A Century of Evidence for Mean-Variance Optimization: Can We Finally Declare Victory?

By in Investing & Economics, Statistics

There’s really no nice way to say this, so we’ll just be plain: If mean-variance optimization (MVO) isn’t working for you, there’s a very good chance you’re doing it wrong. After all, we’ve been applying MVO with momentum-based estimates to manage live portfolios for years (see our strategy page, here).

Our most recent research, developed in collaboration with friend and colleague Dr. Wouter Keller of Flex Capital BV, confirms the simple reality of the method’s efficacy over a full century of data in a Global Tactical Asset Allocation context. To access the full paper, entitled Momentum and Markowitz: A Golden Combination, click here.

Recall that we at BPG & Associates have been advocating for the use of MVO methods with momentum for Global Tactical Asset Allocation since 2012, when in the introduction to our paper Adaptive Asset Allocation: A Primer, we wrote:

“Practitioners, academics, and the media have derided modern Portfolio Theory (MPT) over much of its history, but the grumbling has become outright disgust over the past ten years. This is largely because the dominant application of the theory, Strategic Asset Allocation, has delivered poor performance and high volatility since the millennial technology crash, and the traditional assumptions of MPT under the Efficient Markets Hypothesis offer no explanation or hope for a different outcome in the future.

Strategic Asset Allocation probably deserves the negative press it receives, but the mathematical identity described by Markowitz in his 1967 paper is beyond reproach. The math is the math.

Modern Portfolio Theory requires three parameters to create optimal portfolios from two or more assets:

1. Expected returns
2. Expected volatility
3. Expected correlation

The trouble with Strategic Asset Allocation is that it applies MPT using long-term averages of these parameters to create diversified portfolios. Unfortunately for SAA investors, long-term averages turn out to be poor estimates of returns, volatility and correlation…”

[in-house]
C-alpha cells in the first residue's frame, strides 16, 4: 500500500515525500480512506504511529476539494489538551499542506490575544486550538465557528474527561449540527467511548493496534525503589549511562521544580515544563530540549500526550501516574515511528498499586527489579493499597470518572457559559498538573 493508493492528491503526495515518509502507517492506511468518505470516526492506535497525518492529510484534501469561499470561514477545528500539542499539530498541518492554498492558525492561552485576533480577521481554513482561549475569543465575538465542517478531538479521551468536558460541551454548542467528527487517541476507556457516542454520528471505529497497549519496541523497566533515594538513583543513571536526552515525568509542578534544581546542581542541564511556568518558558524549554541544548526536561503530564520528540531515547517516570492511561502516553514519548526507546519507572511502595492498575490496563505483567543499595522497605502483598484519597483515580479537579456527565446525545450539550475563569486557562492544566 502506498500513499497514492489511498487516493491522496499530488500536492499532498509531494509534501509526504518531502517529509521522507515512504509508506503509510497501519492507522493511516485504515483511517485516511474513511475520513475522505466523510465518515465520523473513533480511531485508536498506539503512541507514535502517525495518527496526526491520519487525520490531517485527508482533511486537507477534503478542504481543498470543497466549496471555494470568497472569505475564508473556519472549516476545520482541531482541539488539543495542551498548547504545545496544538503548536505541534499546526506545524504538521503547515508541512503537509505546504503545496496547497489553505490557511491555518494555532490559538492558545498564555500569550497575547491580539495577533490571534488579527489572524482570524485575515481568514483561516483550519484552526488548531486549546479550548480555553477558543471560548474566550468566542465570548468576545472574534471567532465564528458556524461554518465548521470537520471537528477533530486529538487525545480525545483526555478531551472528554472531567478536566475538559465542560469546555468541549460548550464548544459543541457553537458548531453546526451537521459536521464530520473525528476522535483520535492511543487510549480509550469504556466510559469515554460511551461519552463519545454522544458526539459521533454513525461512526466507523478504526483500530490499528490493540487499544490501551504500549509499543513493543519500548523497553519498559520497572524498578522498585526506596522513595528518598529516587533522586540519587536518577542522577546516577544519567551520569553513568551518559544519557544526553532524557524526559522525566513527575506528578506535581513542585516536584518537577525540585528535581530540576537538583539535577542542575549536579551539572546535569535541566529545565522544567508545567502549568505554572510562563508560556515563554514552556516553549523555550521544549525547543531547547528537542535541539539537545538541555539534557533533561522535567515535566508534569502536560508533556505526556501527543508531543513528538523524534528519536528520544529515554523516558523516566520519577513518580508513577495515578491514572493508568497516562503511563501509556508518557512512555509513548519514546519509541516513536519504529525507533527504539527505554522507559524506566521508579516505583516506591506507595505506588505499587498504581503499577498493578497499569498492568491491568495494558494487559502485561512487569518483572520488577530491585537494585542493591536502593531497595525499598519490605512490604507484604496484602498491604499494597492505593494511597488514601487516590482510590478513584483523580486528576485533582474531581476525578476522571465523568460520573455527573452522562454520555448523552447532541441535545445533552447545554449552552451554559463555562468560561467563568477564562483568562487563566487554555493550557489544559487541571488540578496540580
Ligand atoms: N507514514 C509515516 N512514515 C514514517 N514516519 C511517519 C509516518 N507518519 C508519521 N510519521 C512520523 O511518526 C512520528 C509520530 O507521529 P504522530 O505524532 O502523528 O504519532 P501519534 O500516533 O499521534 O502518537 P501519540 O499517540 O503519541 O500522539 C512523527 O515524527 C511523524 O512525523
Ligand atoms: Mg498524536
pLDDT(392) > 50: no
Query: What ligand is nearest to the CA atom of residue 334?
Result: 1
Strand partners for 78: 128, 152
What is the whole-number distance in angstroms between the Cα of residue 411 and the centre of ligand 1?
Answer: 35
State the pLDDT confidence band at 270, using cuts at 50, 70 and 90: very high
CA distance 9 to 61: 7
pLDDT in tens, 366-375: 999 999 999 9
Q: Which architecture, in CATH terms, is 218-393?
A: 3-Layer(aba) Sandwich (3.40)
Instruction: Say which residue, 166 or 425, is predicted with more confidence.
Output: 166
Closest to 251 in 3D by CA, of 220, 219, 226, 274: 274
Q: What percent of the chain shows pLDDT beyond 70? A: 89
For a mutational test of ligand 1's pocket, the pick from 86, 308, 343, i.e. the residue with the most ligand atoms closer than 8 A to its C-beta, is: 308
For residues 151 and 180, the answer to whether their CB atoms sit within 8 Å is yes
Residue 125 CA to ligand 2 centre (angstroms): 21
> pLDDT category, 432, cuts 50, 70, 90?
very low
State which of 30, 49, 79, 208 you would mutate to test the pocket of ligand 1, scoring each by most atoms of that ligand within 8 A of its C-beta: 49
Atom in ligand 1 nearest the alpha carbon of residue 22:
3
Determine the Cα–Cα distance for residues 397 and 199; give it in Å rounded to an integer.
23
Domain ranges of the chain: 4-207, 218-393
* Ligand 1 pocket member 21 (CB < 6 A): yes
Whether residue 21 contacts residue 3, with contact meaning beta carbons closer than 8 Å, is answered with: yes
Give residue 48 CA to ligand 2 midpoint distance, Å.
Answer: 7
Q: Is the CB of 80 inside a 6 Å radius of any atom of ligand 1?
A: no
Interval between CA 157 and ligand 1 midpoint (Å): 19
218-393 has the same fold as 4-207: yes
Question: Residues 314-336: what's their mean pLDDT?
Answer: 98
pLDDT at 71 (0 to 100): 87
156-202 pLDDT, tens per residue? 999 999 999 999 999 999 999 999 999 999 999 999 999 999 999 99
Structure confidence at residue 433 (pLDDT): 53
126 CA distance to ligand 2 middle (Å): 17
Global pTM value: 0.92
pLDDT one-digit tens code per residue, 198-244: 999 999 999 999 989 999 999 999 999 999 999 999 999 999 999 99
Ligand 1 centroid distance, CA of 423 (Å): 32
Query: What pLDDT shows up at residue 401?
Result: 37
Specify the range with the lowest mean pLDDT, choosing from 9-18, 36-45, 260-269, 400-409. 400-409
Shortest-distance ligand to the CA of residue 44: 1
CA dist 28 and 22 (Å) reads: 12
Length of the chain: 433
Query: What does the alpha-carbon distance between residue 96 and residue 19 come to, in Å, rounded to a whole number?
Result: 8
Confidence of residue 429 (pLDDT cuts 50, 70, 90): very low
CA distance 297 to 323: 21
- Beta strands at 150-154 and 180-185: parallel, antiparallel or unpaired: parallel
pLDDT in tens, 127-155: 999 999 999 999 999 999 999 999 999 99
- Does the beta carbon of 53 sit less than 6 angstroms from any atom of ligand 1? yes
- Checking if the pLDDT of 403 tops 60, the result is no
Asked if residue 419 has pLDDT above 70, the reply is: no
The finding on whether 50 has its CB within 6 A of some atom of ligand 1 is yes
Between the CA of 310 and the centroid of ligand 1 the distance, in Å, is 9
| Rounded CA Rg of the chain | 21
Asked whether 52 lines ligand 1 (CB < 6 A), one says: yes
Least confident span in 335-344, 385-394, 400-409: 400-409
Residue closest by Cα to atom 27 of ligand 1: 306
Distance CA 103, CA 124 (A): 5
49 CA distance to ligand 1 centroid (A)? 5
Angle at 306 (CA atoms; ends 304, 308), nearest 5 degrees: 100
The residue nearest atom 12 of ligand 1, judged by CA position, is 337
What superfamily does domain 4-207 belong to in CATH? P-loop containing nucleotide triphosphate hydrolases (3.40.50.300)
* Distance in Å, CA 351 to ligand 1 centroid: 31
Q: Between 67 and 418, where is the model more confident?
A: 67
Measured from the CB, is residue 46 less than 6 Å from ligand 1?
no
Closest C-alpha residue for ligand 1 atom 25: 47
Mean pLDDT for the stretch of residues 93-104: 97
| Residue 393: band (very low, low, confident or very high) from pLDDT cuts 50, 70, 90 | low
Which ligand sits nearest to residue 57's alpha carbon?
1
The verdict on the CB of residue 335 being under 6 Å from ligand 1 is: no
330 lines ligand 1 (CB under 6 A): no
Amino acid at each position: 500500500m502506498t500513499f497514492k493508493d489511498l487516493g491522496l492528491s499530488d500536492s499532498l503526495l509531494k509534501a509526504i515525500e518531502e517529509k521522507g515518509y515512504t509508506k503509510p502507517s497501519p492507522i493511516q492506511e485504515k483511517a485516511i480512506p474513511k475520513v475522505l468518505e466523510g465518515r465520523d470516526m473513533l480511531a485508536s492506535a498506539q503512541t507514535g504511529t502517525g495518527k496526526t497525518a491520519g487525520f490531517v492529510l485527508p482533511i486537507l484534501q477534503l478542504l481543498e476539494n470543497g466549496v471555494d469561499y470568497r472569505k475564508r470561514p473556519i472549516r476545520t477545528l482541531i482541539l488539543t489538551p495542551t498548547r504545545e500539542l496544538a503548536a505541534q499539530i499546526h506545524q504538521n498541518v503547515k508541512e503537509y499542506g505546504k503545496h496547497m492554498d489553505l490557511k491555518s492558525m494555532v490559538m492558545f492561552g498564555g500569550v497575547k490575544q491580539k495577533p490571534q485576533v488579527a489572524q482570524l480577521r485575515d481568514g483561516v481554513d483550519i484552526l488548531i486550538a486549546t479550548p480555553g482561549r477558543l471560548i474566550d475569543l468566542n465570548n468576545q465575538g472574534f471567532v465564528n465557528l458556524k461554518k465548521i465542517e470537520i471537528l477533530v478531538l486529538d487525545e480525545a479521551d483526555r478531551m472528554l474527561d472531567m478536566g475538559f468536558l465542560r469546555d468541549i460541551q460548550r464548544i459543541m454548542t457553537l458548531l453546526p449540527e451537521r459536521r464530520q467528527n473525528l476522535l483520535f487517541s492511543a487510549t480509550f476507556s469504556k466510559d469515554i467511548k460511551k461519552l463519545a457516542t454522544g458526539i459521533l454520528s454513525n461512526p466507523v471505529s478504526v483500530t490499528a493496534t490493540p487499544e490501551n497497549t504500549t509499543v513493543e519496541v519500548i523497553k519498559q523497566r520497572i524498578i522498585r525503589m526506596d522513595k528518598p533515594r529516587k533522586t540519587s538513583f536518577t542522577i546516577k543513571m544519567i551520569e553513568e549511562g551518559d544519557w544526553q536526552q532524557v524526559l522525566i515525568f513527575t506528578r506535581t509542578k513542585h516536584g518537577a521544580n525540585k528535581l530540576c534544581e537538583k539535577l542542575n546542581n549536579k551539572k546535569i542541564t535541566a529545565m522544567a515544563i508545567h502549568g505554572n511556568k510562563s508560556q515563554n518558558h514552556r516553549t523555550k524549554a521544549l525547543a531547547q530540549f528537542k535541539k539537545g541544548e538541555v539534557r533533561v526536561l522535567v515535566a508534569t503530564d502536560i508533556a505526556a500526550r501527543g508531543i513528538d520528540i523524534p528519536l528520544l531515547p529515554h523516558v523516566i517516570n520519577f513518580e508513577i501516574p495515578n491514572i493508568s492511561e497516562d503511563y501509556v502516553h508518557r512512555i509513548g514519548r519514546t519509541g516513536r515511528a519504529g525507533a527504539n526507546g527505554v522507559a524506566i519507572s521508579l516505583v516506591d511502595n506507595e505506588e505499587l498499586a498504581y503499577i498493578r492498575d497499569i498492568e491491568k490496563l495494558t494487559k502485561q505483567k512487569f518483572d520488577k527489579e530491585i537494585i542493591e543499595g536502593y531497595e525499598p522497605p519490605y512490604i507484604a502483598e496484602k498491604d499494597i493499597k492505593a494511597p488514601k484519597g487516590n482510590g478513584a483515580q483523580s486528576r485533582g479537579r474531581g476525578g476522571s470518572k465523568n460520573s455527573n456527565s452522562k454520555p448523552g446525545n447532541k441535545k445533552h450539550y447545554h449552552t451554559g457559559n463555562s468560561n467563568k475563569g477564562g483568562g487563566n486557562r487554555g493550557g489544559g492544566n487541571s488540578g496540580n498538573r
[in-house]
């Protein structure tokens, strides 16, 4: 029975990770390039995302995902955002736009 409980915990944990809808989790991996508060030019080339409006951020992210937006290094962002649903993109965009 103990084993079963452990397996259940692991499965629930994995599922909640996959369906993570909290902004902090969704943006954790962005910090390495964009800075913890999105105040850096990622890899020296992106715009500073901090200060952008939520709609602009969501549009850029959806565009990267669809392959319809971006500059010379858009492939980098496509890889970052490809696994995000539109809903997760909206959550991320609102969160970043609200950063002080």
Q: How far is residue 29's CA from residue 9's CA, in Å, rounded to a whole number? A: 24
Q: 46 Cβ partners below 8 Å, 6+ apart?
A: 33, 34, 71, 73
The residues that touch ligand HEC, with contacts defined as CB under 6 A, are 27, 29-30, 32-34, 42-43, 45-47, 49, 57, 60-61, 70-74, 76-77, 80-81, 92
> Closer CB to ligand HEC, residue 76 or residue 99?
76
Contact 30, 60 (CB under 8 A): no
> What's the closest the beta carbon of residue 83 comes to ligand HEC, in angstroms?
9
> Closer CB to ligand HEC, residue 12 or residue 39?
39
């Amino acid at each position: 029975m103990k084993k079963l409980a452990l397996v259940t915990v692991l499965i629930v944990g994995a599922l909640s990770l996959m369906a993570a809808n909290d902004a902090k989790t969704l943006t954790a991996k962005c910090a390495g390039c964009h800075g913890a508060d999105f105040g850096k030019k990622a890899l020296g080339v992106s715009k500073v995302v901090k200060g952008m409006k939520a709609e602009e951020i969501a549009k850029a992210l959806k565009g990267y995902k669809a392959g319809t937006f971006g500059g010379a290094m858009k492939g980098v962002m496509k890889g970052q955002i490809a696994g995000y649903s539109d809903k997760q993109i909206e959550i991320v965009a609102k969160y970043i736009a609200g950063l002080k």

In the 2012 paper we laid out methods for making accurate and reliable parameter estimates over momentum-friendly lookback horizons, and applied these methods to 20-year backtests (which initiated in 1995). As parameters were layered on, there was an impressive stepwise improvement. And yet, despite feeling comfortable with our 20-years of backtest history, we are the first to admit that in the world of investing, larger sample sizes generally yield more reliable conclusions.

Which brings us back to our most recent paper, in which we present a practical and effective application of mean-variance optimization by pairing it with the well-documented asset class momentum factor. We target portfolio volatility on the efficient frontier in order to examine the performance of “aggressive” (target volatility=10% annualized) and “conservative” (target volatility = 5% annualized) implementations on three universes spanning a century of data.

We consistently observe Sharpe ratios for optimized portfolios of 2x to 3x that observed for a naive equal weight portfolio as a result of delivering both higher returns and lower risk. Maximum drawdown risk is also reduced by 3x to 5x. Results are robust to 1-way transaction costs as high as 0.8% for returns alone, and higher on a risk-adjusted basis.

A visual representation of just one of the tests included in the paper is quite compelling:


A paper examining the impact of universe selection and rebalance date effects based on randomized portfolios and rebalancing dates is forthcoming, along with formal hypothesis testing on means, Sharpe ratios, and alphas.

In the meantime, we invite you to download the paper and contact us with comments or questions. Enjoy!